Smart car technology was front and center at the Consumer Electronics Show in Las Vegas last week. From vehicles equipped with radar and forward cameras capable of reading street signs to real-time driver assistance and collision avoidance programs, the future of driving has arrived. Here's an inside look at some of the most exciting emerging car technology to come out of CES 2014, and at one auto company whose smart tech is already on the roads today.
Driving innovation forward
Daimler's Mercedes Benz demonstrated how its cars could communicate with Google (NASDAQ:GOOGL) Glass and other wearable tech devices. Daimler has been working with the tech titan since early 2013 to create what Mercedes calls a "door to door navigation system" for its cars. A driver can enter an address through Glass and find that the Mercedes would then automatically transfer her to the car's onboard route guidance -- creating a seamless transition between Google Glass and the car.
Mercedes drivers would also be able to utilize the pedestrian navigation feature of the Glass to locate their cars if they forget where they have parked. Aside from the obvious benefits for Mercedes drivers, the integration may also be a boon to Google as it aims to get its wearable tech into as many industries as possible.
Meanwhile, Ford (NYSE:F) kicked things off at CES by introducing its C-Max solar energy concept car. Using high-efficiency solar cells from SunPower, Ford's C-Max Solar Energi prototype hopes to one day enable EV drivers to cut the charging cord and deliver power solely through onboard solar panels. Additionally, SunPower's cells can reportedly gather 50% more energy over the same surface area as conventional cells, according to an article on the site, Extreme Tech.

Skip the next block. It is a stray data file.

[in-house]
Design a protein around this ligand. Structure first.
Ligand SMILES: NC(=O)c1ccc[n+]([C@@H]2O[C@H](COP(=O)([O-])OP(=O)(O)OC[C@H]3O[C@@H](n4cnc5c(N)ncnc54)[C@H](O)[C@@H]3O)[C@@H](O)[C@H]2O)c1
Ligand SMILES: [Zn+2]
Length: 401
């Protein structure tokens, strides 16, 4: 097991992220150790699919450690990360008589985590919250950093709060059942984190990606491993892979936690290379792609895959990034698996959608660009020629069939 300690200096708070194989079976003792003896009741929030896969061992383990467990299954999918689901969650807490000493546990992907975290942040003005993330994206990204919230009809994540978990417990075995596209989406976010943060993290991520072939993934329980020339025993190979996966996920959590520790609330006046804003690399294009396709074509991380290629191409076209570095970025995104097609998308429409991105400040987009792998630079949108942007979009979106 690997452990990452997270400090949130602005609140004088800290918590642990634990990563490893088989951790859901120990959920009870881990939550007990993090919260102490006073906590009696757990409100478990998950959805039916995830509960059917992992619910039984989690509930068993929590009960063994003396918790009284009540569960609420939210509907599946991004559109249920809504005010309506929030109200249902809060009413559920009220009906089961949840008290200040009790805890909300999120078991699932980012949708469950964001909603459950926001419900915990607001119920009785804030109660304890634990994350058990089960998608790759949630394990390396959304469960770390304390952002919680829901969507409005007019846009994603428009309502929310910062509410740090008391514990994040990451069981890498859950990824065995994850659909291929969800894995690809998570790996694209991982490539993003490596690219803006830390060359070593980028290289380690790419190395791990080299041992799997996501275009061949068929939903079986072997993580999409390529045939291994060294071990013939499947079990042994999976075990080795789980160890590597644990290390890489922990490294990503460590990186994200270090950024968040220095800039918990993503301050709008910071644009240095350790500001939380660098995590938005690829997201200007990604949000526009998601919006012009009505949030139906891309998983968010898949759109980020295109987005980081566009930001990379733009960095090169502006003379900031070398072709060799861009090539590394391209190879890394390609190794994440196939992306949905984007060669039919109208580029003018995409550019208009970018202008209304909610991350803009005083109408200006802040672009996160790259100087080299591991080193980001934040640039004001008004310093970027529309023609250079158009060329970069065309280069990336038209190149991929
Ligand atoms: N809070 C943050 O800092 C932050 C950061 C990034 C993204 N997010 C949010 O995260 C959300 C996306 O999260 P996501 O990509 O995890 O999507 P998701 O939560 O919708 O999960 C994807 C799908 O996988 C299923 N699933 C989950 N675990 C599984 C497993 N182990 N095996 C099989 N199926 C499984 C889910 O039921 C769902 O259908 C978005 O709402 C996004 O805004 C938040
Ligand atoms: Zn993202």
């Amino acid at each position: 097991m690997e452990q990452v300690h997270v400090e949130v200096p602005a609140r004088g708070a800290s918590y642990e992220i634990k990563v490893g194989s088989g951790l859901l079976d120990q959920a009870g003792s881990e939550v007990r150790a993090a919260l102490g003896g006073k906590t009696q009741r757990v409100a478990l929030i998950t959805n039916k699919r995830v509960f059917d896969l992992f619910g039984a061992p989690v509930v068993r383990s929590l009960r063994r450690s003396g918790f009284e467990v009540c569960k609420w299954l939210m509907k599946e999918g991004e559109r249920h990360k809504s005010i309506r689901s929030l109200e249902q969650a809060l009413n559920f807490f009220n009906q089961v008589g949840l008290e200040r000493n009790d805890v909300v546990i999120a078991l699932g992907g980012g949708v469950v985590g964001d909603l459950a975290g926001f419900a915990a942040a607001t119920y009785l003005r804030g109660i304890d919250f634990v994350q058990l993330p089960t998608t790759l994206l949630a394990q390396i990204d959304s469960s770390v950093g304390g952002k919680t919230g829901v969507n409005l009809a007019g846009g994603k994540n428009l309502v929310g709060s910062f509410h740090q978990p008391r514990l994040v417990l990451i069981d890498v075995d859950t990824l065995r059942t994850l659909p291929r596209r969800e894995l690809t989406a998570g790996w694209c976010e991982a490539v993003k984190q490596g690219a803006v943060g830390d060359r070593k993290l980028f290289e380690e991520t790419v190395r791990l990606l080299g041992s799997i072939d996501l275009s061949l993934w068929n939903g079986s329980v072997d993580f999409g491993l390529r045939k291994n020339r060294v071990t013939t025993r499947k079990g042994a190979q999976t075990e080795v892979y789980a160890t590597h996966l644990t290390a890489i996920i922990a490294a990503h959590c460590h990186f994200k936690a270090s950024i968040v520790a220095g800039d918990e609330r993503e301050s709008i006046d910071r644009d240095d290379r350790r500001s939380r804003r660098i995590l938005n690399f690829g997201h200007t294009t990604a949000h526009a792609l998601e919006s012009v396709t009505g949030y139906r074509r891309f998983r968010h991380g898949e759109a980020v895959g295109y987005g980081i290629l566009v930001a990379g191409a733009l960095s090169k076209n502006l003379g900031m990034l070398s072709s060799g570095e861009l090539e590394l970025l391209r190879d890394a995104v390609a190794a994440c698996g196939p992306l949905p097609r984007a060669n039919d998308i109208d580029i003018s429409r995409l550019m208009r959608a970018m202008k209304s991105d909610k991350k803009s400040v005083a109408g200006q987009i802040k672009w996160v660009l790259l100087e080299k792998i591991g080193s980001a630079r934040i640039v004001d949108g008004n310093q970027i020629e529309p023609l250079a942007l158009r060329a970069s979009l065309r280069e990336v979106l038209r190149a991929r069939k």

Ford's concept works by utilizing 16 square feet of solar panels attached to the vehicle's roof as well as a lens that acts as a magnifying glass to increase the amount of solar energy by eight times. This would allow Ford's C-Max Energi to recharge using only light from the sun. After seven hours of sun exposure, the battery would be able to power the EV for an estimated 21 miles before the gas engine would take over.
Nevertheless, the Ford C-Max Solar Energi is still a concept car, and not yet in production. In fact, Ford still needs to test the vehicle in numerous real-world scenarios before knowing if it's even feasible as a production car. However, Tesla Motors (NASDAQ:TSLA) is putting solar to work today in very real ways today with its growing Supercharger network. Tesla's supercharging stations use solar canopies to harness the sun's energy. Perhaps, more importantly, these stations enable Tesla Model S drivers to recharge half the capacity of a Model S battery (roughly 150 miles) in as little as 20 minutes.
Tesla currently has 58 Supercharger stations up and running today in North America, with plans to have 80% of the U.S. population and parts of Canada covered by the end of the year. Not only do these Superchargers allow Tesla drivers to recharge basically for free, but thanks to a strategic partnership with SolarCity (NASDAQ:SCTY), the stations also put more energy back into the grid.
SolarCity installs solar panels and helps both commercial and residential customers finance them. This has helped SolarCity remain immune to cost pressures that have dragged down other solar companies, because unlike industry peers, SolarCity doesn't manufacture the panels. Looking ahead, solar companies like SolarCity and SunPower should continue to shine as more auto giants like Ford and Tesla turn to solar energy to power the future.
The best of today
As you can see, unlike the concept cars and prototypes showcased at CES last week, Tesla's Model S is one smart car that's already on the road today. Similar to a computer, the Model S can receive software updates over a WiFi connection that improve the car's performance or fix bugs. After the recent battery fires, for example, Tesla issued an "over-the-air update" that raises the suspension of the car at highway speeds.
Because the vehicles can receive such over-the-air, software updates, Tesla's customers don't need to bring their cars into a service center. The Model S is so smart, in fact, that it periodically monitors its health and can alert Tesla, with a driver's permission, about potential problems. What's more, the car's 17-inch touchscreen display will notify the driver when an update is released -- that way a Tesla Model S is always current with the latest features and technology.